This is a buyout agreement where each shareholder enters into a contract agreeing to sell their shares back to the corporation upon death/disability. The redemption agreement specifies the terms, price and circumstances of the stock repurchase. These stock redemption agreements usually offer a “right of first refusal,” allowing the corporation to sell the shares to a third party. When funded by life insurance, the corporation owns the insurance policy and pays the premiums. Costs are carried proportionately to shareholder, preventing a younger shareholder or shareholder owning fewer shares from paying larger premiums for older shareholders or those owning more shares.

What are the tax considerations of a stock redemption buy-sell agreement?

There are no income tax implications for the corporation when it receives the insurance proceeds of the deceased shareholder. However, the corporation will need to heed the effects of the transaction on the company’s earning and profits sheet. The earnings and profits should increase with the life insurance proceeds received, and decrease as a result of the stock redemption. The corporation must adhere to the net effect on earnings and profits and should consider how that might affect the dividend policy of shareholders.

Upon the death or disability of one of the shareholders, remaining shareholders will not receive any increase in their tax bases. This one of the disadvantages of stock redemption agreements. Stock redemption payments treated as non-liquidating corporate distributions may result in a taxable dividend for the recipient if the transaction does not qualify as a stock sale under one of the Sec. 302 or 303 exceptions. The following are some tax considerations carried with stock redemption agreements:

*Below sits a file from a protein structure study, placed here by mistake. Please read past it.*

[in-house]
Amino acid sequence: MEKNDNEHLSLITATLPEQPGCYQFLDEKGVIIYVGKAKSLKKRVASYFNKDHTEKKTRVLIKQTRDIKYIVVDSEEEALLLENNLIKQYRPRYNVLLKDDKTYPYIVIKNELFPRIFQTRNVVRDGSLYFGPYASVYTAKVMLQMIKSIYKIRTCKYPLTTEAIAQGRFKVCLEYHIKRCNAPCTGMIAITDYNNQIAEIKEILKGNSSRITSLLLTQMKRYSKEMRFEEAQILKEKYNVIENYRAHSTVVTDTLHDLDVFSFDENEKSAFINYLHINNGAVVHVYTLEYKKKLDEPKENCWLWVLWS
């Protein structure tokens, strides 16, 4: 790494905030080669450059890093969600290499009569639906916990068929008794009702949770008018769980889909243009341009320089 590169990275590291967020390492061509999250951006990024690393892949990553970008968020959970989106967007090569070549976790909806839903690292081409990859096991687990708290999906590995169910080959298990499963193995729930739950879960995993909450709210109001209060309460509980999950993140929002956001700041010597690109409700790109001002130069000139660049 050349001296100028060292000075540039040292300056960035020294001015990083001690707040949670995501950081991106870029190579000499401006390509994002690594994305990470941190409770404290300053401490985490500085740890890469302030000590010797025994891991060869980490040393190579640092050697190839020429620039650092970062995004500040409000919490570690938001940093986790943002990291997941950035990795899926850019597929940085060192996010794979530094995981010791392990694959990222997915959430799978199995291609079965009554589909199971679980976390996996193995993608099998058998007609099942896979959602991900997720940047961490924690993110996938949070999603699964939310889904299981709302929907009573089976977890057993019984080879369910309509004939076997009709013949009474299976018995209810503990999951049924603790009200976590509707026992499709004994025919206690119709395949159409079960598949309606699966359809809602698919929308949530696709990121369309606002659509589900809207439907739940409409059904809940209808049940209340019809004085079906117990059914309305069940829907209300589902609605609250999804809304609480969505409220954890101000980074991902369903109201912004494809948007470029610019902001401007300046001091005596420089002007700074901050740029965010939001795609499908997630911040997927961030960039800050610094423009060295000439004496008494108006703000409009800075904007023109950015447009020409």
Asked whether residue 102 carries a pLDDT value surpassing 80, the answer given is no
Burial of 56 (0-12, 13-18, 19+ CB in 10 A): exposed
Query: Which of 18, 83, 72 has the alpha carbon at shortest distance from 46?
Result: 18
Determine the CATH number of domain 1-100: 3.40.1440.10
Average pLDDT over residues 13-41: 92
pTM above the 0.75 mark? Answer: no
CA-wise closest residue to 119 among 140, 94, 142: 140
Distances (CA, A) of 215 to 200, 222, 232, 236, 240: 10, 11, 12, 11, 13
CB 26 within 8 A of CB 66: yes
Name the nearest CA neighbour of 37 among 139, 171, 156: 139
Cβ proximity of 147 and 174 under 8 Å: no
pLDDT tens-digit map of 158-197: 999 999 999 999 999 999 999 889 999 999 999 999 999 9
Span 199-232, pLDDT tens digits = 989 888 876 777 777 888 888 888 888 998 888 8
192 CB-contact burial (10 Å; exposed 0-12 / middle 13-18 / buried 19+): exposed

• If the corporation pays more than the stock’s fair market value, the selling shareholder may have received a gift from living shareholders or compensation from the corporation.
  • Conversely, if the corporation pays less than the stock’s fair market value, the remaining shareholders may have received either a gift or compensation (Rev. Rul. 58-614).
  • To qualify for sale or exchange treatment, the stock redemption must meet the applicable requirements. For example, if the redemption agreement calls for a sale of less than 100% of the shareholder’s interest, the complete termination or substantially disproportionate requirements of Sec. 302(b) may not be met, causing the distribution to the shareholder to be taxed as a dividend.
  • If the corporation is the beneficiary of a life insurance policy funding the stock redemption, the insurance proceeds could trigger the corporate alternative minimum tax because the insurance proceeds would be included in the accumulated current earnings.

If you or your company are considering cross purchase or stock redemption buy sell agreements as part of your long-term succession planning, it’s time to sit down with a personal adviser from our skilled Business Transition team.